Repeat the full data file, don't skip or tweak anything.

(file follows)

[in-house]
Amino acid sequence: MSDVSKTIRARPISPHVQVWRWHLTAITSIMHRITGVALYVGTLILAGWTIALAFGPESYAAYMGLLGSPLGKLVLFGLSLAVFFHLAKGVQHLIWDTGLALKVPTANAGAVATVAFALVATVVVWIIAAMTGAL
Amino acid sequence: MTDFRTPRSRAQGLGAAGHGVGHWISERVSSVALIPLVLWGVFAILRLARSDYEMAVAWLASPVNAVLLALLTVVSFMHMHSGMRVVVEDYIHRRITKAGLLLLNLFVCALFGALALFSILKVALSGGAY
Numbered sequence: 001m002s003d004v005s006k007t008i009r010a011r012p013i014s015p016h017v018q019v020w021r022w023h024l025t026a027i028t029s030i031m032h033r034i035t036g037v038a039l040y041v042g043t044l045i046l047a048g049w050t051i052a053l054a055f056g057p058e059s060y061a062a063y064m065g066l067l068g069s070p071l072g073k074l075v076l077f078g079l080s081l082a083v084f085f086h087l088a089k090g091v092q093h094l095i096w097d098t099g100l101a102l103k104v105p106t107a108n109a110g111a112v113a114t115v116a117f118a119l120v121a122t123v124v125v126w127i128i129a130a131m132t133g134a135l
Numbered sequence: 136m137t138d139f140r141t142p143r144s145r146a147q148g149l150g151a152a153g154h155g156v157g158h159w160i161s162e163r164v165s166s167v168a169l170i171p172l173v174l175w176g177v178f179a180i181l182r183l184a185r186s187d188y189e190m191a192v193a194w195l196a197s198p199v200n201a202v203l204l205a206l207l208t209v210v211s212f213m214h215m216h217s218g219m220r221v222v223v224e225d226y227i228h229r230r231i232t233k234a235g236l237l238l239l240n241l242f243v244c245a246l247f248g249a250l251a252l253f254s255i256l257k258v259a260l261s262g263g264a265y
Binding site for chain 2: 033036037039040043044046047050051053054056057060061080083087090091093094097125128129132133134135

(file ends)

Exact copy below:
[in-house]
Amino acid sequence: MSDVSKTIRARPISPHVQVWRWHLTAITSIMHRITGVALYVGTLILAGWTIALAFGPESYAAYMGLLGSPLGKLVLFGLSLAVFFHLAKGVQHLIWDTGLALKVPTANAGAVATVAFALVATVVVWIIAAMTGAL
Amino acid sequence: MTDFRTPRSRAQGLGAAGHGVGHWISERVSSVALIPLVLWGVFAILRLARSDYEMAVAWLASPVNAVLLALLTVVSFMHMHSGMRVVVEDYIHRRITKAGLLLLNLFVCALFGALALFSILKVALSGGAY
Numbered sequence: 001m002s003d004v005s006k007t008i009r010a011r012p013i014s015p016h017v018q019v020w021r022w023h024l025t026a027i028t029s030i031m032h033r034i035t036g037v038a039l040y041v042g043t044l045i046l047a048g049w050t051i052a053l054a055f056g057p058e059s060y061a062a063y064m065g066l067l068g069s070p071l072g073k074l075v076l077f078g079l080s081l082a083v084f085f086h087l088a089k090g091v092q093h094l095i096w097d098t099g100l101a102l103k104v105p106t107a108n109a110g111a112v113a114t115v116a117f118a119l120v121a122t123v124v125v126w127i128i129a130a131m132t133g134a135l
Numbered sequence: 136m137t138d139f140r141t142p143r144s145r146a147q148g149l150g151a152a153g154h155g156v157g158h159w160i161s162e163r164v165s166s167v168a169l170i171p172l173v174l175w176g177v178f179a180i181l182r183l184a185r186s187d188y189e190m191a192v193a194w195l196a197s198p199v200n201a202v203l204l205a206l207l208t209v210v211s212f213m214h215m216h217s218g219m220r221v222v223v224e225d226y227i228h229r230r231i232t233k234a235g236l237l238l239l240n241l242f243v244c245a246l247f248g249a250l251a252l253f254s255i256l257k258v259a260l261s262g263g264a265y
Binding site for chain 2: 033036037039040043044046047050051053054056057060061080083087090091093094097125128129132133134135